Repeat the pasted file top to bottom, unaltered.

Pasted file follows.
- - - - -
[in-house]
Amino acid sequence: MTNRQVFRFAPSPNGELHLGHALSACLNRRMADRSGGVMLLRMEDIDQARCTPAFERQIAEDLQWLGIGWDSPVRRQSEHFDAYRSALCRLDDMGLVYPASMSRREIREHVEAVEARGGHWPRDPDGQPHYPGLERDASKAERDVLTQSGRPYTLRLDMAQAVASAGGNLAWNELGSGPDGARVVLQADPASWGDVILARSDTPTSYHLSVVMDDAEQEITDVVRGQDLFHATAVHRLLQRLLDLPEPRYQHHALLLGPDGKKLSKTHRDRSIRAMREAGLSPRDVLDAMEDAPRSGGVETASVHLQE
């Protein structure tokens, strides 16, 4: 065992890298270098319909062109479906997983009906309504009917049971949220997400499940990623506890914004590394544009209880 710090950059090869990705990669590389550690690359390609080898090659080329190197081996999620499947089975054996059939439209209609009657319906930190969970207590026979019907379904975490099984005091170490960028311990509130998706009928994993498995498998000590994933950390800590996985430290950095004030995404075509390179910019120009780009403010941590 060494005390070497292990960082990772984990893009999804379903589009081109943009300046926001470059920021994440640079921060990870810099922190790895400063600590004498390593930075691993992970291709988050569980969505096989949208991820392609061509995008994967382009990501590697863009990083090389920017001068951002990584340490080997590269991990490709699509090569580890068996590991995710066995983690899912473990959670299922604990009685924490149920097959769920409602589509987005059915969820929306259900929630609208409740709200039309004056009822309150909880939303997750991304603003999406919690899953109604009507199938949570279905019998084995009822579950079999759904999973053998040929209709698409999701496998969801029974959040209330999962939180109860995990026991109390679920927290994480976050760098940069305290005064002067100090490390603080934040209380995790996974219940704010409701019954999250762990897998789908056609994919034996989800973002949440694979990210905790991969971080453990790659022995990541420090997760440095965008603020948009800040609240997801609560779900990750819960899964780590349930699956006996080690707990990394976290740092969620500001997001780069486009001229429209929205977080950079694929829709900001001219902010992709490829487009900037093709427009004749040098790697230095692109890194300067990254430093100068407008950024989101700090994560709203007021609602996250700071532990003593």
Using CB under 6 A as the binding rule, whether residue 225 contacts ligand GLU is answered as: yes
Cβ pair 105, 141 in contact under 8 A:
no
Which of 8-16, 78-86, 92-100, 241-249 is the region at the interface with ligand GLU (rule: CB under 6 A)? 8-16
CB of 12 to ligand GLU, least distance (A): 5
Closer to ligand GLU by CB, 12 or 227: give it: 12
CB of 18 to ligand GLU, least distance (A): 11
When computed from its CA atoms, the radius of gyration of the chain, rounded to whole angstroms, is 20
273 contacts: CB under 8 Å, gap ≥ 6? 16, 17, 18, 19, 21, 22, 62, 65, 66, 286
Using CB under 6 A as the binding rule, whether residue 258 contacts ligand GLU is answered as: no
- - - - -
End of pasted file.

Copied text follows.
[in-house]
Amino acid sequence: MTNRQVFRFAPSPNGELHLGHALSACLNRRMADRSGGVMLLRMEDIDQARCTPAFERQIAEDLQWLGIGWDSPVRRQSEHFDAYRSALCRLDDMGLVYPASMSRREIREHVEAVEARGGHWPRDPDGQPHYPGLERDASKAERDVLTQSGRPYTLRLDMAQAVASAGGNLAWNELGSGPDGARVVLQADPASWGDVILARSDTPTSYHLSVVMDDAEQEITDVVRGQDLFHATAVHRLLQRLLDLPEPRYQHHALLLGPDGKKLSKTHRDRSIRAMREAGLSPRDVLDAMEDAPRSGGVETASVHLQE
């Protein structure tokens, strides 16, 4: 065992890298270098319909062109479906997983009906309504009917049971949220997400499940990623506890914004590394544009209880 710090950059090869990705990669590389550690690359390609080898090659080329190197081996999620499947089975054996059939439209209609009657319906930190969970207590026979019907379904975490099984005091170490960028311990509130998706009928994993498995498998000590994933950390800590996985430290950095004030995404075509390179910019120009780009403010941590 060494005390070497292990960082990772984990893009999804379903589009081109943009300046926001470059920021994440640079921060990870810099922190790895400063600590004498390593930075691993992970291709988050569980969505096989949208991820392609061509995008994967382009990501590697863009990083090389920017001068951002990584340490080997590269991990490709699509090569580890068996590991995710066995983690899912473990959670299922604990009685924490149920097959769920409602589509987005059915969820929306259900929630609208409740709200039309004056009822309150909880939303997750991304603003999406919690899953109604009507199938949570279905019998084995009822579950079999759904999973053998040929209709698409999701496998969801029974959040209330999962939180109860995990026991109390679920927290994480976050760098940069305290005064002067100090490390603080934040209380995790996974219940704010409701019954999250762990897998789908056609994919034996989800973002949440694979990210905790991969971080453990790659022995990541420090997760440095965008603020948009800040609240997801609560779900990750819960899964780590349930699956006996080690707990990394976290740092969620500001997001780069486009001229429209929205977080950079694929829709900001001219902010992709490829487009900037093709427009004749040098790697230095692109890194300067990254430093100068407008950024989101700090994560709203007021609602996250700071532990003593």
Using CB under 6 A as the binding rule, whether residue 225 contacts ligand GLU is answered as: yes
Cβ pair 105, 141 in contact under 8 A:
no
Which of 8-16, 78-86, 92-100, 241-249 is the region at the interface with ligand GLU (rule: CB under 6 A)? 8-16
CB of 12 to ligand GLU, least distance (A): 5
Closer to ligand GLU by CB, 12 or 227: give it: 12
CB of 18 to ligand GLU, least distance (A): 11
When computed from its CA atoms, the radius of gyration of the chain, rounded to whole angstroms, is 20
273 contacts: CB under 8 Å, gap ≥ 6? 16, 17, 18, 19, 21, 22, 62, 65, 66, 286
Using CB under 6 A as the binding rule, whether residue 258 contacts ligand GLU is answered as: no